A group of financial thought leaders was asked: what’s the biggest mistake people make with their 401(k)s? Here are their answers.
Not saving enough. Most experts say you should save at least 10% of your gross income, starting in your 20s, in order to have enough for retirement. If you’re not at this level, start by increasing your savings rate by 2%, which you’ll barely notice. Then go up another 2% in 3 to 6 months. Be persistent and you’ll get where you need to be.
Not maximizing contributions as early as possible. If you don’t maximize contributions as soon as you can, you’re not taking full advantage of the compounding and tax savings 401(k)s provide.
Missing out on your employer’s maximum matching contribution. Employers often match employee contributions in steps. But you have to contribute the amount that will trigger the maximum match for each step. Failing to contribute enough to get the employer match is just leaving money on the table.
Keeping your own company’s stock. If your company gives you stock, take it – but sell it as soon as you’re allowed. Company stock is great if the company does well. But if it folds, you lose your life savings along with your job.
Not acting your age. Young people can be more aggressive in their investment approach; older people should be more conservative. Unfortunately, many people act the opposite. They want to protect their hard-earned money when they’re young, then get aggressive trying to build funds fast as they approach retirement. But aggressive risks should be taken early when you’re years away from collecting the money. If you haven’t put enough away, don’t risk what you have. Instead, increase your contributions, and plan to work a little longer.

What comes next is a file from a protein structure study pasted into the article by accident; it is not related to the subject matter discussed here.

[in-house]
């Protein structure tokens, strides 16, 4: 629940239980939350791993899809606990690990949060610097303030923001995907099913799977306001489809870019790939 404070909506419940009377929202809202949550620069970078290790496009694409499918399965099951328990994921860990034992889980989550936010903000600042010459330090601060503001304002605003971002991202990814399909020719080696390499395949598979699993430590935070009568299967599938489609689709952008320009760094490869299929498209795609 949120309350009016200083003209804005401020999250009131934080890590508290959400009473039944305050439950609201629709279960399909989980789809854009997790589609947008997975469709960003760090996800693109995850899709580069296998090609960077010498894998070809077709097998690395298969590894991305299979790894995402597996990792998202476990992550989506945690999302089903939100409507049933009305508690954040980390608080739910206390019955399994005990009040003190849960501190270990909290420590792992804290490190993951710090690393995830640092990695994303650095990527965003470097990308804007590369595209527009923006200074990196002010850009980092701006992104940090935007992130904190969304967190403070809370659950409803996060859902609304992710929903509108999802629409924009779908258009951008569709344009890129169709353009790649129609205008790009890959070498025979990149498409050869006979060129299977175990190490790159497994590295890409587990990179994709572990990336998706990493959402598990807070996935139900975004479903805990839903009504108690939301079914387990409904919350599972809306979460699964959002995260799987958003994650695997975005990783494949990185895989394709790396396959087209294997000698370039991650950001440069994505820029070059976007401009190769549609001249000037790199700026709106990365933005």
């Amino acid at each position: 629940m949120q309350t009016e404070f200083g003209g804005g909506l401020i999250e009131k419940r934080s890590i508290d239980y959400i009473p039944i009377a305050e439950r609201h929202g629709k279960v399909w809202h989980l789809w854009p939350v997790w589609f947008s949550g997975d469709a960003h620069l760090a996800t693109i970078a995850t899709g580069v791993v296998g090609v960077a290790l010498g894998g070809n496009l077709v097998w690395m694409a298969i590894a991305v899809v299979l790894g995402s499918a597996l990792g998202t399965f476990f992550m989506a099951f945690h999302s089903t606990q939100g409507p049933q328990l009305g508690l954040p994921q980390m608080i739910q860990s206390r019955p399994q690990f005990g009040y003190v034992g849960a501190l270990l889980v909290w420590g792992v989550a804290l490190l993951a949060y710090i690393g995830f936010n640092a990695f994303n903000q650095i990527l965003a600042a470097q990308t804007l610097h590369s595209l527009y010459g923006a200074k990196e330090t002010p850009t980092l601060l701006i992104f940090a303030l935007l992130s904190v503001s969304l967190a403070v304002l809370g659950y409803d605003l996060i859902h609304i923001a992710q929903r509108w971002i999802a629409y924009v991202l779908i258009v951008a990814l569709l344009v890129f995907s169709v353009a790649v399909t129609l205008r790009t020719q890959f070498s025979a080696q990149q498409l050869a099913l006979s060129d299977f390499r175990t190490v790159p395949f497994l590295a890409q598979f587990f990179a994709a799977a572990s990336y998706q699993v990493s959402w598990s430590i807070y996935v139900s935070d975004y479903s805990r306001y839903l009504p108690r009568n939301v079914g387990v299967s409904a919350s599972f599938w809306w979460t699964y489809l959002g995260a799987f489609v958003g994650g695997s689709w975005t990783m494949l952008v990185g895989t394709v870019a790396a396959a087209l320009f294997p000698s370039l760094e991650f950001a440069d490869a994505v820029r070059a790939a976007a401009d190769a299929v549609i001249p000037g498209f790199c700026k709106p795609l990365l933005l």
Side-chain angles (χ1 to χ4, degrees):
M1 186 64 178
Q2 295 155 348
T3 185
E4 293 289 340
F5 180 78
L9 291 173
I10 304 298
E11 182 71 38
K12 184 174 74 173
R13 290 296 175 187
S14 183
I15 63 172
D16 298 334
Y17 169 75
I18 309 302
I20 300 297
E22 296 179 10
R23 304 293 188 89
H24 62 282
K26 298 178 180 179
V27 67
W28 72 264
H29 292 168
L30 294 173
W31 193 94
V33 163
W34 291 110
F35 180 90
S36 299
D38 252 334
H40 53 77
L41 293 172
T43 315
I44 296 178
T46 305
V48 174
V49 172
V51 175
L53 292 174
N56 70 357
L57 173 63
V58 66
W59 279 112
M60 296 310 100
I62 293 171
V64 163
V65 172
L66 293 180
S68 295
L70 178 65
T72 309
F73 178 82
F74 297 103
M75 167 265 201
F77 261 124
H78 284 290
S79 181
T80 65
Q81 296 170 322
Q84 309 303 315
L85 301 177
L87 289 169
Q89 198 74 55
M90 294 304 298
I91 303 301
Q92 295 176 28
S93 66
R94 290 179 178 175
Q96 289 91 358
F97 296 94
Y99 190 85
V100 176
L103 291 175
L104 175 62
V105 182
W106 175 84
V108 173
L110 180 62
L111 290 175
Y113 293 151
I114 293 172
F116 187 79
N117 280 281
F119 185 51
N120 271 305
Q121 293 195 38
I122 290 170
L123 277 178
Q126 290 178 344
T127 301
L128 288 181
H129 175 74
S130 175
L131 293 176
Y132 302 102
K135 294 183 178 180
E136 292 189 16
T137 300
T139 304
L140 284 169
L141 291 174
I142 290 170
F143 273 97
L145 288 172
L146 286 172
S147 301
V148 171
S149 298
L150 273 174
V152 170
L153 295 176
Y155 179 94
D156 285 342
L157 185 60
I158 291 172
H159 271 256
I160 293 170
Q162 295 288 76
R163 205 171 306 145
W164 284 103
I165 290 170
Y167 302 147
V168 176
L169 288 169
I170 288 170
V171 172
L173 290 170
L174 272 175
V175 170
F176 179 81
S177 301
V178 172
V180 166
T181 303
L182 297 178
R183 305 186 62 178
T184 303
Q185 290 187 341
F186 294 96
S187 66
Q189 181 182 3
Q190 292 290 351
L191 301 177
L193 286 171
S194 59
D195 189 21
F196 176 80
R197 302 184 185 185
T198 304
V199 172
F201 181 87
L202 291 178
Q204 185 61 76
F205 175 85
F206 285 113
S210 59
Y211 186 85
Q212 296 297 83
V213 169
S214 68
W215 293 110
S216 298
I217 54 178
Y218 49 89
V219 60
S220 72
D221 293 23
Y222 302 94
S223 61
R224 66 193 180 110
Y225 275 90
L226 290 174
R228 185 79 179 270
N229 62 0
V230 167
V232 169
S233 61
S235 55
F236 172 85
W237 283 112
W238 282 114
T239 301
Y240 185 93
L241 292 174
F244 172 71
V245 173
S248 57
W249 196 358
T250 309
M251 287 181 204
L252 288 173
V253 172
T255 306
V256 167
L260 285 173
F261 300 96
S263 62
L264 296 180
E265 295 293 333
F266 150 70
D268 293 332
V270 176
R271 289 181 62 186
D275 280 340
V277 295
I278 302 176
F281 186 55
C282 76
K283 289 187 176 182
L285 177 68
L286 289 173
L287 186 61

Not paying attention. With 401(k)s, people often neglect to monitor performance, fees, and asset allocation. Look at these issues at least once a year, preferably with the help of a financial professional, whom some companies provide.
Second-guessing your investment choices. The opposite of not paying attention is second guessing your investment decisions every time markets go down. Manage your plan by reviewing it in a disciplined manner.
Tapping into 401(k) funds now. People tap into their retirement money thinking that present wants are more important than future needs. Don’t do it. Your retirement savings are a priority!
Always consult your financial advisor about your investments.